By Anne Meador and John Zangas
An official at a government agency responsible for permitting gas infrastructure took a potshot at protesters who were disrupting a public meeting on January 21. As Commissioner Tony Clark announced that he was leaving the Federal Energy Regulatory Commission when his term expires, he sniped at what he seemed to think was the demonstrators’ ingratitude for a primary service FERC performs: greasing the wheels for gas companies to build pipelines, storage facilities and compressor stations to fuel the electrical grid.
“I find it rather ironic,” he said, “that just 24 hours before a very major winter storm on the East Coast, we have people protesting the very infrastructure that will keep them alive over the next 72 hours.”
His remark flies in the face of activists and community members who have been persistently streaming into the FERC monthly meetings for more than a year. Feeling ignored during the permitting process and desperate to get their viewpoint across, they have interrupted the proceedings because, unlike Clark, they believe gas infrastructure is life-threatening, not lifesaving.
Betsy Conover from Harrisburg, PA pushed back. “You are wrong,” she responded to Clark. “Fracking gas infrastructure is destroying communities in Pennsylvania, across the commonwealth. It’s destroying the environment. It’s all-around a bad thing.”
“There are alternatives,” she said. “And we’re not talking about alternatives.” Security then escorted her from the meeting room.
Clark implied that FERC-permitted infrastructure delivers gas for power to heat homes. But Carol Cutler of Westmoreland County, PA pointed out that some if not a great deal of new infrastructure will not deliver gas for domestic use.
“The product that’s going to be moved through this [Mariner East] pipeline is not going to be used for public good,” she said. “It’s to fulfill a contract to supply natural gas to Norway to make plastic.” She objects to private companies using eminent domain to take people’s land.
Ashley Tuhro traveled all the way to Washington from Wichita, KS with her two sons to tell FERC commissioners how fracking—a method of extracting gas from shale formations by injecting sand, chemicals and water at high pressure—is affecting the area where she lives.
“We’re having anywhere between three to four earthquakes a week and sometimes more,” Tuhro said. Wastewater injection from oil and gas fracking wells has been linked to earthquakes. “When they first started earthquakes they were 2.1 to 2.5 [on the Richter scale] and now they’re all the way up to 4.6, and that was last week.”
FERC doesn’t regulate fracking wells, but nearly all the new infrastructure which the gas industry wants to build—and FERC must approve–is for the purpose of transporting, storing, and exporting gas produced from fracking.
Tuhro thinks the FERC Commission is out of touch. “I don’t think they really understand what they’re doing,” she said. “They’re causing so much damage. By the time my kids are old enough to have kids, what’s gonna be left?”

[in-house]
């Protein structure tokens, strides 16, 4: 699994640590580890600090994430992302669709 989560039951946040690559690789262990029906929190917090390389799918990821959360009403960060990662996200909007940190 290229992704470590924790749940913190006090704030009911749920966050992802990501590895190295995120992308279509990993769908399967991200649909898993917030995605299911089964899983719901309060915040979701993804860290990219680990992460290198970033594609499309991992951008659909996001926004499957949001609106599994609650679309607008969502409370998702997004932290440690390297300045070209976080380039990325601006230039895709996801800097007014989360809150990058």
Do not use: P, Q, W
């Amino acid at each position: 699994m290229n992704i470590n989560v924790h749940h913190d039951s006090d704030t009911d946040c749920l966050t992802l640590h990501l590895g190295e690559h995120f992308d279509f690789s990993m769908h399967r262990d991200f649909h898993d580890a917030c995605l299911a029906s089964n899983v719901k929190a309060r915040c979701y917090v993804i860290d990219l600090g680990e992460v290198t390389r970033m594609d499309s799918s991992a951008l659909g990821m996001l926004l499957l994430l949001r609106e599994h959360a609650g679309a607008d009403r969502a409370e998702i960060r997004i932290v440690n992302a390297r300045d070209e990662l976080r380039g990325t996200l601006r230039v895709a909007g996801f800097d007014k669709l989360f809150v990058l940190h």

FERC announced today that it will initiate investigations of the rates charged by four interstate natural gas pipelines to determine if the companies may be substantially over-recovering their costs, resulting in unjust and unreasonable rates.
Bank of America Urged to “Dump Dominion”
Following the FERC meeting, a group of about 25 protesters converged on a Washington, DC branch of Bank of America, calling the institution out for being a major financier of a climate-busting gas export project which endangers a Chesapeake Bay community.
Climate activists have singled out fracked gas export terminals because they produce more greenhouse gas emissions than burning coal. The dangers of liquefying gas to ship in tankers overseas are also great, since the process requires its own power plant with proximity to giant tanks of propane and hazardous chemicals. The Cove Point terminal in Lusby, MD poses a particular threat to the surrounding community, which must breathe 22.5 tons of cancer- and asthma-causing pollutants produced each year, as well as live with the potential of a catastrophic accident.
Members of the coalition group We Are Cove Point delivered a letter to the branch manager addressed to Bank of America CEO Brian Moynihan, urging him to “dump Dominion” by retracting the $4 billion line of credit to parent company Dominion Resources.
The letter emphasized that no other gas liquefaction facility in the world was located in such a densely populated area and asked Moynihan to put himself in the place of Lusby residents. “Could you live with yourself if your family lived in those conditions and didn’t move away, if your children developed illnesses that you knew in advance were likely to occur?”
The branch closed its doors to customers for an hour while protesters outside held a banner reading, “Funding Dominion Hurts Communities #DumpDominion.” A person costumed as the Grim Reaper stalked the sidewalk as others wielded noisemakers and whistles to attract attention.
In November, activists from We Are Cove Point carried out a daring rappel maneuver from the top tier of Bank of America stadium in Charlotte, NC, hanging with a banner directly in front of the press box during Monday Night Football.
Coincidentally, Dominion Resources took a blow on Thursday when the U.S. Forest Service rejected its application for a special permit for the Atlantic Coast Pipeline route through the George Washington and Monongahela National Forests. Creating an alternative route to satisfy the Forest Service and reapplying for the permit will cause a major delay for the 550-mile pipeline project intended to go from West Virginia through Virginia to North Carolina. An offshoot from the Atlantic Coast Pipeline would deliver gas to Cove Point LNG for export.